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# Understand the problem

[/et_pb_text][et_pb_text _builder_version="3.27" text_font="Raleway||||||||" background_color="#f4f4f4" box_shadow_style="preset2" custom_margin="10px||10px" custom_padding="10px|20px|10px|20px" hover_enabled="0" _i="1" _address="0.0.0.1"]Let A ∈ $$M_n(\Bbb R)$$ be upper triangular with all diagonal entries 1 such that $$A \neq I$$. Then A is not diagonalizable. [/et_pb_text][/et_pb_column][/et_pb_row][et_pb_row _builder_version="3.25" _i="1" _address="0.1"][et_pb_column type="4_4" _builder_version="3.25" custom_padding="|||" custom_padding__hover="|||" _i="0" _address="0.1.0"][et_pb_accordion open_toggle_text_color="#0c71c3" _builder_version="3.27.3" toggle_font="||||||||" body_font="Raleway||||||||" text_orientation="center" custom_margin="10px||10px" _i="0" _address="0.1.0.0"][et_pb_accordion_item title="Source of the problem" open="off" _builder_version="3.27.3" hover_enabled="0" _i="0" _address="0.1.0.0.0"]

[/et_pb_text][et_pb_tabs active_tab_background_color="#0c71c3" inactive_tab_background_color="#000000" _builder_version="3.27" tab_text_color="#ffffff" tab_font="||||||||" background_color="#ffffff" hover_enabled="0" _i="2" _address="0.1.0.2"][et_pb_tab title="Hint 0" _builder_version="3.22.4" _i="0" _address="0.1.0.2.0"]Do you really need a hint? Try it first!

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Let us start by assuming A is diagonalizable. Let’s see what it means to say A is diagonalizable.
• A is diagonalizable if there exists a basis of $$\Bbb R^n$$ consisting of eigenvalues of A.
• Now as A is upper triangular the diagonal elements of A are the eigenvalues of A. So the only eigenvalue of A is 1.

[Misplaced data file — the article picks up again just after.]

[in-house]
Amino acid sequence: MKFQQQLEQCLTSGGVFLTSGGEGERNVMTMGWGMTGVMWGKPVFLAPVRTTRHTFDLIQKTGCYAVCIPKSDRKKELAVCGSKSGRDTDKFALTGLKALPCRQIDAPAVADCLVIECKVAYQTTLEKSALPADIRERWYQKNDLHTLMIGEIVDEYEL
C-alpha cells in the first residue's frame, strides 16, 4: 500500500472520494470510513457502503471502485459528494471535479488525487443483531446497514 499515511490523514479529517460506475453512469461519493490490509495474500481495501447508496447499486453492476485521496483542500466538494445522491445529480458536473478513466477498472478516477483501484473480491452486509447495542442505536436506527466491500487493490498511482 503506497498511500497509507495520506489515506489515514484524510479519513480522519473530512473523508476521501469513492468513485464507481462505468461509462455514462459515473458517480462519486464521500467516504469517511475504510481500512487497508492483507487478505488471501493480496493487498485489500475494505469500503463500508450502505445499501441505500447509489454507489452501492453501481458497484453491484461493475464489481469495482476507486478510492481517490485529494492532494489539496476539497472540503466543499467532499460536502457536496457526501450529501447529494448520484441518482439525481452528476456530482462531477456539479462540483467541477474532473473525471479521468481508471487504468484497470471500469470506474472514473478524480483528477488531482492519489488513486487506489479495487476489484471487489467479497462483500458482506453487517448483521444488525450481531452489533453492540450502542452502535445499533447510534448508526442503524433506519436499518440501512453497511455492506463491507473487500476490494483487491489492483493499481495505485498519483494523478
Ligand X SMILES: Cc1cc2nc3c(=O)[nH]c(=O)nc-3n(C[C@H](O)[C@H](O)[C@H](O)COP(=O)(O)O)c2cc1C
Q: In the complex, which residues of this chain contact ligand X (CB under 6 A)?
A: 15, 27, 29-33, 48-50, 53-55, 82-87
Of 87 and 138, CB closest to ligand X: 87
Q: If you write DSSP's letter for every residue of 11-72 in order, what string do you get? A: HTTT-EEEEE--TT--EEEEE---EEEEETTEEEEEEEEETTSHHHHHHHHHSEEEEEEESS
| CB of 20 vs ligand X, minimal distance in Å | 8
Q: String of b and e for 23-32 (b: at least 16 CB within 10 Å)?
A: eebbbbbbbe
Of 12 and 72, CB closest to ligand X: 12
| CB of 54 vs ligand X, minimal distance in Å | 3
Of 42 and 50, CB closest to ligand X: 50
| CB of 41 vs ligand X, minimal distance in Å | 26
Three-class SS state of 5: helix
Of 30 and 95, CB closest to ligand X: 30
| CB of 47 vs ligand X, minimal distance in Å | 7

• Now what we can say about a linear operator A with a basis of eigenvectors and all the eigenvectors have eigenvalue 1?
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• Now write any vector as a linear combination of eigenvectors of A.
• Prove every vector under A is an eigenvector corresponding to eigenvalue 1.
• Doesn’t it seem geometrically that A is identity i.e. keeps every vector the same?
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• Yes, indeed. Prove it mathematically by taking the Euclidean Basis vectors $$e_1,e_2,..,e_n$$
• Hence the only such matrix is I, so no non-identity upper triangular matrix fits this category.
• So the answer is True.
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Food for Thought:
• What would have happened if the diagonal entries are not all equal?
• If it is hard to see try to play with 2x2 matrices!
• Prove that it can be diagonalized.

# Similar Problems

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